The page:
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Dads Matter 2 Works to Change Attitudes Around Fathers

by Stephen Rusnak , Social Program Administrator, Cuyahoga County Division of Children and Family Services
father and son smiling at schoolThe Healthy Fathering Collaborative of Greater Cleveland, a group of representatives of area agencies that offer programs and services specifically focused on fathers, held their bi-monthly meeting August 1, at the Cuyahoga County Division of Children and Family Services (DCFS,) an active partner organization.

The Collaborative was established in 2001, and today provides a platform to share information, identify needs and develop solutions to meet those needs through advocacy, dialogue and partnerships to improve the lives of fathers and their families in our community.

Members include Cuyahoga County DCFS, Cuyahoga County Job and Family Services, Cuyahoga County Office of Re-Entry, Cuyahoga County Fatherhood Initiative, Cuyahoga County Office of Child Support Enforcement, and countless agencies outside the county like Greater Cleveland Foodbank, Murtis Taylor, Metro Health, and Nueva Luz Urban Resource Center who provide education and training, employment, nutrition, health care, housing, legal and other critical services to help fathers succeed.

At Thursday’s meeting members shared information about new staff, funding, programs and services as well as success stories of some of their clients. CCDCFS Director Cynthia Weiskittel welcomed everyone to the meeting and discussed DCFS efforts to change attitudes towards fathers at Ohio’s largest public child welfare agency and efforts to include them whenever possible in plans to help improve the lives of their children and strengthen families.

The new campaign, titled Dads Matter 2, was launched to make sure that any time a child is involved with the agency, fathers are informed and included. The campaign targets both agency staff and parents of children with DCFS cases. “We’re working to change attitudes around fathers, both for our staff and the families we serve,” said Cynthia Weiskittel, DCFS Director.

“We recognize that people do sometimes have a bias against fathers, which isn’t fair to them or their children. Dads can be loving, devoted, and stable parents. Whenever possible, they should not only get that chance to be involved, but also the support and resources to be the best dad they can be.”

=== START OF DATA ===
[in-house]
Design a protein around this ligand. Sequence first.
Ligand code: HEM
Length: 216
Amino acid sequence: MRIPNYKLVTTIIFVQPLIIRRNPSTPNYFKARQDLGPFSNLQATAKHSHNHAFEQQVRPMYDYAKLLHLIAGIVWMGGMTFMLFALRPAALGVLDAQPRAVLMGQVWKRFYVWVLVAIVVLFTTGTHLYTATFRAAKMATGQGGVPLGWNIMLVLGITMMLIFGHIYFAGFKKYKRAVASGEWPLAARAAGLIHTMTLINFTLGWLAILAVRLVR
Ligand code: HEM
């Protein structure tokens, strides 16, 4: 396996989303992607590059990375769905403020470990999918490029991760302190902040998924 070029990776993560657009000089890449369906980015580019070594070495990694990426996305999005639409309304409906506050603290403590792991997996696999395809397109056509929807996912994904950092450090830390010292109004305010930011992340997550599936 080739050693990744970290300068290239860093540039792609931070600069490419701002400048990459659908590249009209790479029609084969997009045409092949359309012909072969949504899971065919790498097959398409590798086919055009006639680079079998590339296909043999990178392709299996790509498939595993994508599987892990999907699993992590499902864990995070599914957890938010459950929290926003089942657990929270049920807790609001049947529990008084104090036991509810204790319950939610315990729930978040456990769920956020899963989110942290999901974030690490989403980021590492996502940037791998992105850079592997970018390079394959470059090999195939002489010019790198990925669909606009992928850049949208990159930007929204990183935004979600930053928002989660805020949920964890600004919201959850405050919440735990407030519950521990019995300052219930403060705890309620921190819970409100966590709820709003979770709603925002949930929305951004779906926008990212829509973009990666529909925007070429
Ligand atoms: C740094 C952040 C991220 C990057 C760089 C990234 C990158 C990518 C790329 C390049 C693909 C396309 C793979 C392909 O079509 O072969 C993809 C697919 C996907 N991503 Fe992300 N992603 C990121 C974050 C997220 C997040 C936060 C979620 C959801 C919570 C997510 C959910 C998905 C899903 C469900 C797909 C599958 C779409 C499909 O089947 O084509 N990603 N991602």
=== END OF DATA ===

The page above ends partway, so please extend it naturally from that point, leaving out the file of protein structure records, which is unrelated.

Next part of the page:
father and daughter walking to schoolInternally, the campaign reinforces existing efforts to include fathers, reminding staff of the value they can provide to a child’s life. The agency has also developed step-by-step guidance to help workers find fathers when the mother is unable or unwilling to supply this information. Once located, DCFS mandates that fathers are included in every aspect of a child’s case and considered as a priority option for placement when a child must be removed from home.

Dads Matter 2 also includes education materials for moms on the benefits of including their child’s father in the child’s life. Research shows that children with involved fathers tend to have fewer behavior problems, do better in school, have higher self-esteem, and are less likely to use drugs or alcohol. If a mother knows the name of her child’s father but is not sure how to contact him, child protection specialists will assist in finding him and working with him to become a successful and supportive co-parent.

The campaign also aims to educate fathers about the important role they can play in their child’s life. DCFS workers will give fathers a printed guide explaining his rights and responsibilities, plus informational resources to help navigate the child welfare and court systems.

The campaign will continue indefinitely, complimenting other Cuyahoga County Health and Human Services programs like the Fatherhood Initiative, which connects fathers with new dad boot camps, father and child activities, employment counseling, and more.


DADS MATTER 2
  • According to the U.S. Census Bureau, 24 million children in America -- one out of every three -- live in biological father-absent homes.
  • Children with involved fathers do better across every measure of child well-being than their peers in father-absent homes.
  • Children from father-absent homes are more likely to be abused.
  • Children in father-absent homes are almost four times more likely to be poor.
  • Children from father-absent homes are two times more likely to be obese.
  • Children from father-absent homes more likely to experience behavioral problems.
  • Children from father-absent homes scored lower on reading achievement tests.

* All data was provided by the National Fatherhood Initiative Website 

The Healthy Fathering Collaborative maintains a website of network resources for fathers and professionals working with fathers, www.neofathering.net  and publishes a brochure of service offerings, which is also available on www.justfordads.org.